In the hurly burly of the House of Commons, a sense of humour is vital. It is as well not to be too sensitive to jibes and insults, and vital to give as good as you get. Ann Widdecombe, herself no stranger to vicious jibes, always showed outstanding humour and courage in handling such situations. Any reasonable person though would feel that Nadine Dorries was treated pretty dreadfully by our Prime Minister and many MPs as she put forward her abortion amendment to the Health and Care Social Bill.
Whether or not you agree with her, Mrs. Dorries has been most unpleasantly abused. She has been called mad and her family has been threatened. It is therefore understandable if her sense of humour was in short supply. When George Osborne and William Hague laughed at her, it left a nasty taste and Mrs. Dorries walked out. Mrs. Dorries’ speech was too long and she rambled a little, but she did not deserve the contemptuous treatment she received from the House. Several female bloggers have written in support of Mrs. Dorries, notably Walaa Idris and Catey Maxx. The Guardian’s Madeleine Bunting also had plenty to say.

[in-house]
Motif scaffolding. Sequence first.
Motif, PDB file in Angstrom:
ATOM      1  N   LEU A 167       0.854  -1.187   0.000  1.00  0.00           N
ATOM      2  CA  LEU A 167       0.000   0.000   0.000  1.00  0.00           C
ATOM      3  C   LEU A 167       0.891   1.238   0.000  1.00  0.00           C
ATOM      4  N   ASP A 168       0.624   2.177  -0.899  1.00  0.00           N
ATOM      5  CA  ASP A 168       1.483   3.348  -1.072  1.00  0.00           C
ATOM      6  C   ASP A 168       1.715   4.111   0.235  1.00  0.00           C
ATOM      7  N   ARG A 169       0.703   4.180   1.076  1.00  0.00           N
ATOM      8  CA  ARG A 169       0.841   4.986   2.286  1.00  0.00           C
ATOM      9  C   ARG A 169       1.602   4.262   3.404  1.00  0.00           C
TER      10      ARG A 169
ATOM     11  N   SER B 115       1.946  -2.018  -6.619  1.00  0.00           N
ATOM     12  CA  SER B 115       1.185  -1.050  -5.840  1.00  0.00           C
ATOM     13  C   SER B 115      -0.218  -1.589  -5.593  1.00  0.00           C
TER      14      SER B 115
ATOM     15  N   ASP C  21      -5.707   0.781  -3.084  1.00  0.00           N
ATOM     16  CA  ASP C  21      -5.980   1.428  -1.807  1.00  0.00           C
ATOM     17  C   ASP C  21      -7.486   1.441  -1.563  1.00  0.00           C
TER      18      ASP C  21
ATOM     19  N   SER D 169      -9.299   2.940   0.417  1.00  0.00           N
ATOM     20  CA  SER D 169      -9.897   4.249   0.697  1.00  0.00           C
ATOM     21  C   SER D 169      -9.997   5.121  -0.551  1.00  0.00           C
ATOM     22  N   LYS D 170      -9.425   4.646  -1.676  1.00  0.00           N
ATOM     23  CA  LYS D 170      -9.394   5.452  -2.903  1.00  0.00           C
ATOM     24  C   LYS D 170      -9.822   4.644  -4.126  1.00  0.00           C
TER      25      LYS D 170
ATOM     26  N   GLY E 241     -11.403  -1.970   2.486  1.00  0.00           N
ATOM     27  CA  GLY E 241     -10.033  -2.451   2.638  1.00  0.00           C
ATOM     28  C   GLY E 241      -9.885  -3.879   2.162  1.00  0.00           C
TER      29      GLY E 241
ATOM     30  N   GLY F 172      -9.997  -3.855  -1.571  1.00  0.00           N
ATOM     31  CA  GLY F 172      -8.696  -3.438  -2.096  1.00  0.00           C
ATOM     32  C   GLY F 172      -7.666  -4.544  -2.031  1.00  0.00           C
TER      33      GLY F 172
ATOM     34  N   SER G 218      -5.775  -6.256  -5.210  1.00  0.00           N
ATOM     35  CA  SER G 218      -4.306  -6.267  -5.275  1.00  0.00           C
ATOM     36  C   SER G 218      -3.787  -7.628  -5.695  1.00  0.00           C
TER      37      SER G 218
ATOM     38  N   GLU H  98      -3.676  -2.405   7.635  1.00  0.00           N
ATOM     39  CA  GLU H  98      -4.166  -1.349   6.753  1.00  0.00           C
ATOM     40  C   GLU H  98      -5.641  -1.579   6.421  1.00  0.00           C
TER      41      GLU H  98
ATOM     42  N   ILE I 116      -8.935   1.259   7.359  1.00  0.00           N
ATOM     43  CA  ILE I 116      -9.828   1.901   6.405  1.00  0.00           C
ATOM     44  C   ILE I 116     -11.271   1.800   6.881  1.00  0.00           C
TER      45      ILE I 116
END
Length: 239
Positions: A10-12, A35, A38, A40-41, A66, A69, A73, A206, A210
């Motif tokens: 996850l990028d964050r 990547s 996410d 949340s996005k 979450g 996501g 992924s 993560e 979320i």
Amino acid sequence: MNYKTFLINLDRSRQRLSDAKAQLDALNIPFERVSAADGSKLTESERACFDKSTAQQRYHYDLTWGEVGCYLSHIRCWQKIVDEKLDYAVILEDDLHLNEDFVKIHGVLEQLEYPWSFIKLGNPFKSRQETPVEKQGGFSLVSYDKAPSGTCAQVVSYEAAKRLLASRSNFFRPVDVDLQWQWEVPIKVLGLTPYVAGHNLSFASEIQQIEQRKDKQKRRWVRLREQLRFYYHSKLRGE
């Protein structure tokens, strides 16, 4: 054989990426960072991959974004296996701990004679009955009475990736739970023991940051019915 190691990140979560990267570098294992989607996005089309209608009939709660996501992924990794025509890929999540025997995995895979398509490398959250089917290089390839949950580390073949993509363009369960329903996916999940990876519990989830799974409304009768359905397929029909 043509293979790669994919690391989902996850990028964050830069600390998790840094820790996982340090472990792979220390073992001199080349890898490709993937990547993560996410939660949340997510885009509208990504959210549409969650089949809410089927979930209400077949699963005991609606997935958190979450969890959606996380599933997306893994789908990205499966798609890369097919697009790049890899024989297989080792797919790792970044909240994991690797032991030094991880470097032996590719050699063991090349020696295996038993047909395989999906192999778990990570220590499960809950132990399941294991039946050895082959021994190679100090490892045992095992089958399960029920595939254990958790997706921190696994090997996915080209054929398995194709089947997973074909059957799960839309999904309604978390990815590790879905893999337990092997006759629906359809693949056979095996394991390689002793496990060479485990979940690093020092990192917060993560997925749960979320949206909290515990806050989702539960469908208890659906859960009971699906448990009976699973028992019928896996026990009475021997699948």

Mr. Cameron’s famed good manners were lacking on this occasion. Mrs. Dorries’ remark that he should show the Lib Dems who was boss obviously flicked him on the raw, and his worst side came to the fore. Mr. Cameron must know that Mrs. Dorries’ opinion is widely held. Mrs. Dorries has shown courage and deserves credit for fighting for what she believes in. It is a shame, as blogger Walaa Idris has said, that we still have not learnt how to disagree with courtesy.